A1 Journal article (refereed)
The effects of book exposure and reading interest on oral language skills of children with and without a familial risk of dyslexia (2020)

Caglar-Ryeng, Ø., Eklund, K., & Nergård-Nilssen, T. (2020). The effects of book exposure and reading interest on oral language skills of children with and without a familial risk of dyslexia. Dyslexia, 26(4), 394-410. https://doi.org/10.1002/dys.1657

JYU authors or editors

Publication details

All authors or editors: Caglar-Ryeng, Ømur; Eklund, Kenneth; Nergård-Nilssen, Trude

Journal or series: Dyslexia

ISSN: 1076-9242

eISSN: 1099-0909

Publication year: 2020

Volume: 26

Issue number: 4

Pages range: 394-410

Publisher: John Wiley & Sons

Publication country: United Kingdom

Publication language: English

DOI: https://doi.org/10.1002/dys.1657

Publication open access: Openly available

Publication channel open access: Partially open access channel

Publication is parallel published (JYX): https://jyx.jyu.fi/handle/123456789/68787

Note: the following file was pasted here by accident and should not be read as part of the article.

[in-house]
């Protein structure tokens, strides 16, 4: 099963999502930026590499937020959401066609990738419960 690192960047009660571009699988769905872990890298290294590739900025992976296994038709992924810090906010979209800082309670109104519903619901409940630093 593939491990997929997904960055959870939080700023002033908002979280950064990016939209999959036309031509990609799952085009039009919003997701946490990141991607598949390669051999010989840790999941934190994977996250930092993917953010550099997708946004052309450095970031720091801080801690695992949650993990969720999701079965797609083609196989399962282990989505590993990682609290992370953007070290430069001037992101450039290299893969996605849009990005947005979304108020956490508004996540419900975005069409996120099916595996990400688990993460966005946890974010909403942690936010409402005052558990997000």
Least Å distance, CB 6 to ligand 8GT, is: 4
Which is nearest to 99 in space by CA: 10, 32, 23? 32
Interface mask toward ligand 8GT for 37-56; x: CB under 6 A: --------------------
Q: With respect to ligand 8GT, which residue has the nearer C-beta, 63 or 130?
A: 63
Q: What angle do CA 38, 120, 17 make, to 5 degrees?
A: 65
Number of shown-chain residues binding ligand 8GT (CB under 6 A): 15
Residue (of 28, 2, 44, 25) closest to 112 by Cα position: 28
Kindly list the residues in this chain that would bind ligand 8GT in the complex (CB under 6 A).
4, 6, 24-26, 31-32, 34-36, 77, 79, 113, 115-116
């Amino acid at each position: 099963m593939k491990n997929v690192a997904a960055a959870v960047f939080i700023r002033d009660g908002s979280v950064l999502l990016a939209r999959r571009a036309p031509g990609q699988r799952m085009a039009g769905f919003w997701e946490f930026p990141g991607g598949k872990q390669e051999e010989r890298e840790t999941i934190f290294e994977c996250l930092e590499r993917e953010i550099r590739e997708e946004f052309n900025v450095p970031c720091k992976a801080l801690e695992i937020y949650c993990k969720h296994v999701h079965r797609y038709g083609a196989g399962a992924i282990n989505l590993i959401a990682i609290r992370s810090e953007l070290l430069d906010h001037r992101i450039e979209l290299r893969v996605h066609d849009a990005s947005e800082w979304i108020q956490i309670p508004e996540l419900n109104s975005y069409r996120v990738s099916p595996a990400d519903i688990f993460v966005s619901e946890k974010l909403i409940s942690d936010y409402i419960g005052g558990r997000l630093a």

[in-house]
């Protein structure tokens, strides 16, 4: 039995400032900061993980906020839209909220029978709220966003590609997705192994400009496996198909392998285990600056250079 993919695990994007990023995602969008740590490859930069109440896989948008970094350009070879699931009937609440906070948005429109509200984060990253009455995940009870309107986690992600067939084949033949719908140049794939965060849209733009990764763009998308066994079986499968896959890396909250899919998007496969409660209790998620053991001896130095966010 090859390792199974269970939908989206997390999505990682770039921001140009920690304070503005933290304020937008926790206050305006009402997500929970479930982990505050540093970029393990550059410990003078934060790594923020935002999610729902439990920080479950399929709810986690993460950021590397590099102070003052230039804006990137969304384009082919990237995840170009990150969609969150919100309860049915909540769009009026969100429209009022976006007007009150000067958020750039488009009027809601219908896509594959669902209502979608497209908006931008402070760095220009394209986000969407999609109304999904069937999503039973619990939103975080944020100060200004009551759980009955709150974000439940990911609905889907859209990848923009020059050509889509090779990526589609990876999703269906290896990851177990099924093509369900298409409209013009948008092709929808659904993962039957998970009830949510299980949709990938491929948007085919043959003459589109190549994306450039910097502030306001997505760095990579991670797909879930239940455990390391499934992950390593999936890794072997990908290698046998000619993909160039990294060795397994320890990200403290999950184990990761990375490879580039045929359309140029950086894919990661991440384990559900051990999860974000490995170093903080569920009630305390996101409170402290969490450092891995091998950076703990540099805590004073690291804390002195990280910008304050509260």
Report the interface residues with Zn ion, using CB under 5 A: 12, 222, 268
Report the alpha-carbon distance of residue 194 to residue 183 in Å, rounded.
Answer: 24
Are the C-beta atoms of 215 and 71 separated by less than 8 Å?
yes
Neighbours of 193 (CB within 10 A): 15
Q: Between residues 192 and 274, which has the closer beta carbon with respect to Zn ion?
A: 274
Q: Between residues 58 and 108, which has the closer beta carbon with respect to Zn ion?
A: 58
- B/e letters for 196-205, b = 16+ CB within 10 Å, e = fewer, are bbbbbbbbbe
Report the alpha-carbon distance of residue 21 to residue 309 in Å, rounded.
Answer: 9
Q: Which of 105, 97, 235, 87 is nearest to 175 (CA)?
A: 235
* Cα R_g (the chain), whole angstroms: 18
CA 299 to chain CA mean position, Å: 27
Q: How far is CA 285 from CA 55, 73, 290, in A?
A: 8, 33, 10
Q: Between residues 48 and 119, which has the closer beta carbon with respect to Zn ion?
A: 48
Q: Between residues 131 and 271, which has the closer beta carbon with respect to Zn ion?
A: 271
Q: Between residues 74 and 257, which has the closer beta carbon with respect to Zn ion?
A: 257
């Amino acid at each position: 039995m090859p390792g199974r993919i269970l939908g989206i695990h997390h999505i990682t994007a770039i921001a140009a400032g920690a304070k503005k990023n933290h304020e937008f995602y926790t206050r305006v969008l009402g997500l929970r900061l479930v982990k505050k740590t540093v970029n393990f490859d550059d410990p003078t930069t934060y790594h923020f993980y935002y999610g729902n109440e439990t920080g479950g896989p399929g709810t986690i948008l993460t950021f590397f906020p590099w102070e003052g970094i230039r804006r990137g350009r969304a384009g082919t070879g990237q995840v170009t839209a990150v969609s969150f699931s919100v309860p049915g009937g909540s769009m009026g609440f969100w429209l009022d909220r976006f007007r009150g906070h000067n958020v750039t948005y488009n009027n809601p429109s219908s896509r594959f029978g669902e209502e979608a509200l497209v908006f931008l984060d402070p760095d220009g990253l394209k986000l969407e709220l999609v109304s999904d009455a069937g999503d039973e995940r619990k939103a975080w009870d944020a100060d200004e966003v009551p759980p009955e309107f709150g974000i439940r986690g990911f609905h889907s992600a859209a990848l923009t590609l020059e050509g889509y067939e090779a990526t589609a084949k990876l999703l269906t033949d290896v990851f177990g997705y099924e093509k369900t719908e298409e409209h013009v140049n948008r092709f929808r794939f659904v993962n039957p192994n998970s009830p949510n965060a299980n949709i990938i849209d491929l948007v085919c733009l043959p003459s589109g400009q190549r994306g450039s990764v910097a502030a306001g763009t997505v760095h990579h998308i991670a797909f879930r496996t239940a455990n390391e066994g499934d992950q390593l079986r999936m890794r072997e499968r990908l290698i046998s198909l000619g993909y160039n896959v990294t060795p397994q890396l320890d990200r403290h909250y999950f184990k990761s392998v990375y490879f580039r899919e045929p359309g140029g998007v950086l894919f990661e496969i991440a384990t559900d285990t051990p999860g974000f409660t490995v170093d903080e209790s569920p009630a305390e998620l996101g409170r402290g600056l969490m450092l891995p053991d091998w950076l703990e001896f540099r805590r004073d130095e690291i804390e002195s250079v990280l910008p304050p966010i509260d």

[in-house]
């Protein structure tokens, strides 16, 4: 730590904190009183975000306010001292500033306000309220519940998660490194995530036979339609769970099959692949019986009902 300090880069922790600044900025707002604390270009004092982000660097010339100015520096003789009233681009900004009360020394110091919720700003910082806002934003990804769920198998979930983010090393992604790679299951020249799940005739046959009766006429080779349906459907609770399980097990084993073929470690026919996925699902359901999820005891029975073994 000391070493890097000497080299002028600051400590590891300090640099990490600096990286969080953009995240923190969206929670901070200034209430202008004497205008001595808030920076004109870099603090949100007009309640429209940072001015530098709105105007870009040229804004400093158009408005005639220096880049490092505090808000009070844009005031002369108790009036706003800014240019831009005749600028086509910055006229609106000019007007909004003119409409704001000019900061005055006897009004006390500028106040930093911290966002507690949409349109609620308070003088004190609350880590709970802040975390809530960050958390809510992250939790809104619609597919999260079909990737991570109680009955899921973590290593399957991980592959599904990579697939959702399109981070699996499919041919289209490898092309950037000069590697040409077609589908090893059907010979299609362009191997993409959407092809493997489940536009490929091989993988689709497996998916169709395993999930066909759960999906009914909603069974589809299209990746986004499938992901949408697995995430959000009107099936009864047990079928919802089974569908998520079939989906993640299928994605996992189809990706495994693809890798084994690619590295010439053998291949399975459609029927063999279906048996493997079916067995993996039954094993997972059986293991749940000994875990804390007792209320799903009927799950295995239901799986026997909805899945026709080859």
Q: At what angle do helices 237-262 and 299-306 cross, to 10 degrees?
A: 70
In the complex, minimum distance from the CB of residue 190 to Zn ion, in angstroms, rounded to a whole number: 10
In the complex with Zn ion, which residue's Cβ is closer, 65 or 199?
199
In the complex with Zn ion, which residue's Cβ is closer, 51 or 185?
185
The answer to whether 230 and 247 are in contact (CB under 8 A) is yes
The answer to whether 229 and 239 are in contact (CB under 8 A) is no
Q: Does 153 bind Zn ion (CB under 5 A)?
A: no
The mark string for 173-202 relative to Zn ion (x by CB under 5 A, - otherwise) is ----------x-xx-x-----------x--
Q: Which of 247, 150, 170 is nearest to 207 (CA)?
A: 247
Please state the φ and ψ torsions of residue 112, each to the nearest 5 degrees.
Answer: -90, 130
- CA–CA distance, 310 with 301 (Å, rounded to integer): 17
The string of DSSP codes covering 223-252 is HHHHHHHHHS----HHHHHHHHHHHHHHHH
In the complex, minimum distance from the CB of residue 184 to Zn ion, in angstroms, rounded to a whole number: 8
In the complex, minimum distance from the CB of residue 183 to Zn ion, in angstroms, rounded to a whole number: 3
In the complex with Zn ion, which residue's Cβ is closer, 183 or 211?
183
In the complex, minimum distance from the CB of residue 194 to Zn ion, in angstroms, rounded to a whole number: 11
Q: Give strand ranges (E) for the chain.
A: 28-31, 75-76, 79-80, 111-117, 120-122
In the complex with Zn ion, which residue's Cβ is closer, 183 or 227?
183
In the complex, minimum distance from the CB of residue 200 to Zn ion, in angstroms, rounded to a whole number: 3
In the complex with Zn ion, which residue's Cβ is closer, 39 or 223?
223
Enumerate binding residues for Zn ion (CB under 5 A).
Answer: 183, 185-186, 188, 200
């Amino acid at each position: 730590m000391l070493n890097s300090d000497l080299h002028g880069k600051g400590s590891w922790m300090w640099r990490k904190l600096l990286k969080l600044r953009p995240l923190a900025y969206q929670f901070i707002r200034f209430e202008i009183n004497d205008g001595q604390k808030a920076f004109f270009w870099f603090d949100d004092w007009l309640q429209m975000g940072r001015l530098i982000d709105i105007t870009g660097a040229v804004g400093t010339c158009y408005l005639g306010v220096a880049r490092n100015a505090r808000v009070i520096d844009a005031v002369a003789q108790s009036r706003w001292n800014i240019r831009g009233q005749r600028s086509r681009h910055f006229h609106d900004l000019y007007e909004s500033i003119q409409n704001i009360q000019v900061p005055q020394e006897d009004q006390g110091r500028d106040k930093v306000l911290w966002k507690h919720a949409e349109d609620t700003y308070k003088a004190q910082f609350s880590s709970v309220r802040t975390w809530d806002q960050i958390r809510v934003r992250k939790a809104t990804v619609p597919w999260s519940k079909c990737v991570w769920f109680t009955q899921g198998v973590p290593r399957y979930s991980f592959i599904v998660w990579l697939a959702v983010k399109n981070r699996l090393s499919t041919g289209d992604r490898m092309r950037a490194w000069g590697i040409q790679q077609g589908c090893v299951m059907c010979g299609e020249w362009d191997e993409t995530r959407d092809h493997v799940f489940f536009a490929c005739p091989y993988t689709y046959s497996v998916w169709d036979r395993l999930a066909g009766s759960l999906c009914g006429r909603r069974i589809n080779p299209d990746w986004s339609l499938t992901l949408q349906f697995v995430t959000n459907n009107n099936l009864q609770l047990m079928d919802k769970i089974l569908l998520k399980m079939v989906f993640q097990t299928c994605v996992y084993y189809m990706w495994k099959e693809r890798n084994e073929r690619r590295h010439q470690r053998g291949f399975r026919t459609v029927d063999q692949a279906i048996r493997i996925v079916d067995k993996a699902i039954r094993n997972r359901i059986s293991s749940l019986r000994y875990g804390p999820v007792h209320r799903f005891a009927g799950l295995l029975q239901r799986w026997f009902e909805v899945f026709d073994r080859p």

The potential role of home literacy environment (HLE) in children's language development has been widely studied. However, data on the HLE of children with familial risk (FR) of dyslexia are limited. In this longitudinal study, we examined (a) whether amount of book exposure and reading interest at age 4 were different in samples of Norwegian FR and no FR‐children, respectively, (b) whether these home literacy‐related factors exerted different effects depending on family‐risk status on vocabulary and grammar skills at school entry age (6 years) and (c) whether they contributed independently to language outcomes at age 6, after controlling for the 4;6‐year language skills. Results showed no significant between‐group differences in book exposure and reading interest. Furthermore, while interest in reading did not affect vocabulary and grammar in either group, book exposure contributed to vocabulary skills only in the FR‐group by school entry. However, this longitudinal association was mediated by lexical skills at age 4;6, implying that the HLE has a positive indirect effect on later language development through its effect on early language. Thus, these findings can be taken to suggest that early intervention including exposure to various book‐reading activities for pre‐school FR‐children with poor expressive vocabulary is worth considering.

Keywords: dyslexia; grammar; literacy; vocabulary (knowledge); home; parents; reading

Free keywords: at‐risk; dyslexia; grammar; home literacy environment; vocabulary

Contributing organizations

Ministry reporting: Yes

Reporting Year: 2020

JUFO rating: 2

Last updated on 2021-07-07 at 21:33